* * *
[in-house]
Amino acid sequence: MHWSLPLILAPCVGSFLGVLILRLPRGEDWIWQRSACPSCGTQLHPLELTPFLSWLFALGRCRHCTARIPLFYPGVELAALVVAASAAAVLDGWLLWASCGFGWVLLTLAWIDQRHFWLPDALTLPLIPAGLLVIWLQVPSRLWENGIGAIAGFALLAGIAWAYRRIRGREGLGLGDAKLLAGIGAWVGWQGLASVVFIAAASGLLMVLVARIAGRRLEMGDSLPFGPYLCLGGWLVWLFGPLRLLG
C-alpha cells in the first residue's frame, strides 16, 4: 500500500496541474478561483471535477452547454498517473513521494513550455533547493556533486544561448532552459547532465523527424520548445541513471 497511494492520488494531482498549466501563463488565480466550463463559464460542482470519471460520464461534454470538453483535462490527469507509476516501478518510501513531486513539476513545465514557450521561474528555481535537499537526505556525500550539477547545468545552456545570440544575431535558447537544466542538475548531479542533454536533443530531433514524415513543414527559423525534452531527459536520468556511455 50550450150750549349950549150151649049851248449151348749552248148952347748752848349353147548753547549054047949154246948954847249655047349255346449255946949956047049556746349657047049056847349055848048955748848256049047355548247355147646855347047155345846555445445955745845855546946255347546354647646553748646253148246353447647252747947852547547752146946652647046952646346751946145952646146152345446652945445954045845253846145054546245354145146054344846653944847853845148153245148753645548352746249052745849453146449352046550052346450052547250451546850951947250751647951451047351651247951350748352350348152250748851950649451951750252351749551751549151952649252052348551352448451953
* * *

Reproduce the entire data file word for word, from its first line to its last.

[in-house]
Amino acid sequence: MHWSLPLILAPCVGSFLGVLILRLPRGEDWIWQRSACPSCGTQLHPLELTPFLSWLFALGRCRHCTARIPLFYPGVELAALVVAASAAAVLDGWLLWASCGFGWVLLTLAWIDQRHFWLPDALTLPLIPAGLLVIWLQVPSRLWENGIGAIAGFALLAGIAWAYRRIRGREGLGLGDAKLLAGIGAWVGWQGLASVVFIAAASGLLMVLVARIAGRRLEMGDSLPFGPYLCLGGWLVWLFGPLRLLG
C-alpha cells in the first residue's frame, strides 16, 4: 500500500496541474478561483471535477452547454498517473513521494513550455533547493556533486544561448532552459547532465523527424520548445541513471 497511494492520488494531482498549466501563463488565480466550463463559464460542482470519471460520464461534454470538453483535462490527469507509476516501478518510501513531486513539476513545465514557450521561474528555481535537499537526505556525500550539477547545468545552456545570440544575431535558447537544466542538475548531479542533454536533443530531433514524415513543414527559423525534452531527459536520468556511455 50550450150750549349950549150151649049851248449151348749552248148952347748752848349353147548753547549054047949154246948954847249655047349255346449255946949956047049556746349657047049056847349055848048955748848256049047355548247355147646855347047155345846555445445955745845855546946255347546354647646553748646253148246353447647252747947852547547752146946652647046952646346751946145952646146152345446652945445954045845253846145054546245354145146054344846653944847853845148153245148753645548352746249052745849453146449352046550052346450052547250451546850951947250751647951451047351651247951350748352350348152250748851950649451951750252351749551751549151952649252052348551352448451953